Gyurcsány's Great Success

Now that the Constitutional Court has abolished the "subscription" scheme aimed at restricting voting rights – what else must it have been aimed at? –, it turned out that (at least temporarily) even Fidesz found it better to retreat: Fidesz MP Antal Rogán has recently announced that the mandatory voter registration scheme will not be introduced. This is a great success for all voters with a commitment to democracy and for all democratic parties and for all Democrats in general, whether they be Right-leaning, Liberal or Left-leaning: they indeed managed to warn Orbán and his circle of supporters that now everybody sees the preparations for rigging the next elections; in other words, that the emperor is without clothes. That is why they do not dare to amend the constitution once again.

That is an immense success for all Democrats, and in particular, for the Democratic Coalition. This party, which has been unjustly and wickedly deprived of the possibility of forming its own caucus in the Parliament, protested against the autocratic modifications of the electoral law with great enthusiasm and with a very strong determination until its abolition. Of course, the statements and communications made by a small party without a parliamentary caucus are not presented so strongly in the media than those of a bigger party and one less hated by Fidesz, that is why DK politicians must fight for much more press and media coverage, and they must also organize (jointly with their sympathizers) political actions nationwide, in the capital city, and in the countryside in order to communicate their messages to the nation. In fact, former PM Ferenc Gyurcsány and the DK did just that.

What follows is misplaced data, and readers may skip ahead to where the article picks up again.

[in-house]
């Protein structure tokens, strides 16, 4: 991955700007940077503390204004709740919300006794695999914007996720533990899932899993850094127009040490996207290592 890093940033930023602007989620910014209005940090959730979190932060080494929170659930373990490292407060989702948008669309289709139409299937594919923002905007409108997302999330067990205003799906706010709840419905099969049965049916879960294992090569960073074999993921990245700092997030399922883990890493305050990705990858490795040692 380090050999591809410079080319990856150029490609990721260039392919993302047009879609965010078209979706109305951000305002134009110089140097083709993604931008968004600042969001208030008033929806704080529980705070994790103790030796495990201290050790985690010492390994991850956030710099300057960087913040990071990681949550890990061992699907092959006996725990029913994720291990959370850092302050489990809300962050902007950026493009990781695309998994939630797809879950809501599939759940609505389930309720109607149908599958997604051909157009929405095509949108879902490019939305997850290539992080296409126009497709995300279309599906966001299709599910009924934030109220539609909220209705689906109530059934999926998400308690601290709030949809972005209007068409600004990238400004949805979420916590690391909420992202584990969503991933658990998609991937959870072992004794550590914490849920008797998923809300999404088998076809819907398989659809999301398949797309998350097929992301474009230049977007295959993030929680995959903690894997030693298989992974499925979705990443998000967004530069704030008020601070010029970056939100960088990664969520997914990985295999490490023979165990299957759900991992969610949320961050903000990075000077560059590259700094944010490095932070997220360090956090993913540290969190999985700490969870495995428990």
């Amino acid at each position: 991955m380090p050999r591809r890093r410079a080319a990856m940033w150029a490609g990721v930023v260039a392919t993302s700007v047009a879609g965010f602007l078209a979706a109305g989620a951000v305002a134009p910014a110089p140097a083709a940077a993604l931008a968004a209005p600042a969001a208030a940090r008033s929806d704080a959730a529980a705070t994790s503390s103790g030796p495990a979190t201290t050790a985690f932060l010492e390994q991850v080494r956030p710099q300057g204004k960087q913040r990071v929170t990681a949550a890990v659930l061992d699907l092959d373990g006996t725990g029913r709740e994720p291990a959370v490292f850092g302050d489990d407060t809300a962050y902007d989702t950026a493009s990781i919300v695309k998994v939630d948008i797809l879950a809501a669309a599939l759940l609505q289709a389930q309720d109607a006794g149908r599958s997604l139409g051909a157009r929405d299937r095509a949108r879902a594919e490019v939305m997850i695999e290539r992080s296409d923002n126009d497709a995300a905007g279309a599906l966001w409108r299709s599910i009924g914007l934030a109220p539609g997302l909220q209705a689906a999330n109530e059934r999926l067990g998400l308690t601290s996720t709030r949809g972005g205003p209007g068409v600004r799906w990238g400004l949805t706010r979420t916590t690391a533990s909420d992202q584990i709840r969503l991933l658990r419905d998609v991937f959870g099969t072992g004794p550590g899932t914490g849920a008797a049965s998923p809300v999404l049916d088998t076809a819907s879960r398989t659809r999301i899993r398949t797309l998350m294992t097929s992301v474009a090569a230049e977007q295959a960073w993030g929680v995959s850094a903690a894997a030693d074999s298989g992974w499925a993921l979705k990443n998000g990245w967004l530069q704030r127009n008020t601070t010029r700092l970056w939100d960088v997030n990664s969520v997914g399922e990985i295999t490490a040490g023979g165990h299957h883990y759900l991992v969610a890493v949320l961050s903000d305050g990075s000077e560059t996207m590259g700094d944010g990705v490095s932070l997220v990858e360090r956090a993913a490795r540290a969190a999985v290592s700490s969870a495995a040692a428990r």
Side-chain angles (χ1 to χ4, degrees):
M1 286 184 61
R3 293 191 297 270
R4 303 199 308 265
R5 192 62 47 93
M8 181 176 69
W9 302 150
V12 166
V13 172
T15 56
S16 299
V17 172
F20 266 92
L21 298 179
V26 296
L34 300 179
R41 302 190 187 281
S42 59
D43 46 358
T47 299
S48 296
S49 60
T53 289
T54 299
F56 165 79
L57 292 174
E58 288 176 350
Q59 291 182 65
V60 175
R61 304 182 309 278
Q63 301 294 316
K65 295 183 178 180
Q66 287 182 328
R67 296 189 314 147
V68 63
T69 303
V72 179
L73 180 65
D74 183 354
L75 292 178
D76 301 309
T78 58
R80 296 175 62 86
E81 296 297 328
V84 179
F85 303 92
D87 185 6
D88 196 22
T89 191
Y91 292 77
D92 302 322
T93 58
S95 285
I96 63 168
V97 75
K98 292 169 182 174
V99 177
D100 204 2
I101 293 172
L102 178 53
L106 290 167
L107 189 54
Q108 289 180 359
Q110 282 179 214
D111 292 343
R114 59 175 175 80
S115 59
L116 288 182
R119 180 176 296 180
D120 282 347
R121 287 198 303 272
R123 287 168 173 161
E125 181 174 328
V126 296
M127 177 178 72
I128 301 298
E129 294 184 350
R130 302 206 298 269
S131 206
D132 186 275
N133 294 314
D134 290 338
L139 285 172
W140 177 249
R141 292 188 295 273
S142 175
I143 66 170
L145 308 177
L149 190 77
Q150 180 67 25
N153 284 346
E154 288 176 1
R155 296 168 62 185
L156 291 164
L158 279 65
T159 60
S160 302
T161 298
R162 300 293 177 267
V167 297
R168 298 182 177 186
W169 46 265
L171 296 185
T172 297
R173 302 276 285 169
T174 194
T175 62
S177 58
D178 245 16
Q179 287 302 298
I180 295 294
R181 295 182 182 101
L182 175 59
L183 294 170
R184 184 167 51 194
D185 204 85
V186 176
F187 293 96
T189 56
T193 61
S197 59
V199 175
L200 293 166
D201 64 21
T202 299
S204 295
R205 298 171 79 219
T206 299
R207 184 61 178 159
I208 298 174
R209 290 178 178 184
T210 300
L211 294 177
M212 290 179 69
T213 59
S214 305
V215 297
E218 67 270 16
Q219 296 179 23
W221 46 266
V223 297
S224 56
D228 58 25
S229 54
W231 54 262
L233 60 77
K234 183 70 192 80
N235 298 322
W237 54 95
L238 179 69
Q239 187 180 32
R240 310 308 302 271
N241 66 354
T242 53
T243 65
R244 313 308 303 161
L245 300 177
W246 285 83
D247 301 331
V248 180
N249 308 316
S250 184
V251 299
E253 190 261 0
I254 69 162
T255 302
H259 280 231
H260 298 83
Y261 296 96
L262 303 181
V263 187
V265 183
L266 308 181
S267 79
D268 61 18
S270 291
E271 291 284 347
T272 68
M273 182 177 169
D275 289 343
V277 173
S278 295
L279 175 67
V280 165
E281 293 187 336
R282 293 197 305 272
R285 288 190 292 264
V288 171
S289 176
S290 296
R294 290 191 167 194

From the personal point of view of Mr Gyurcsány, this is a favorable outcome: citizens in many parts of the country still identify him – and maybe even the Democratic Coalition – with the Hungarian Socialist Party (MSZP) (though MSZP just like LMP ['Politics Can Be Different' party] did not put much energy into protesting against the new electoral law, especially considering their significance in the country's political life).

One of the most substantial moves was the formation of a human chain around the Hungarian Houses of Parliament (organized by the Democratic Coalition /DK/).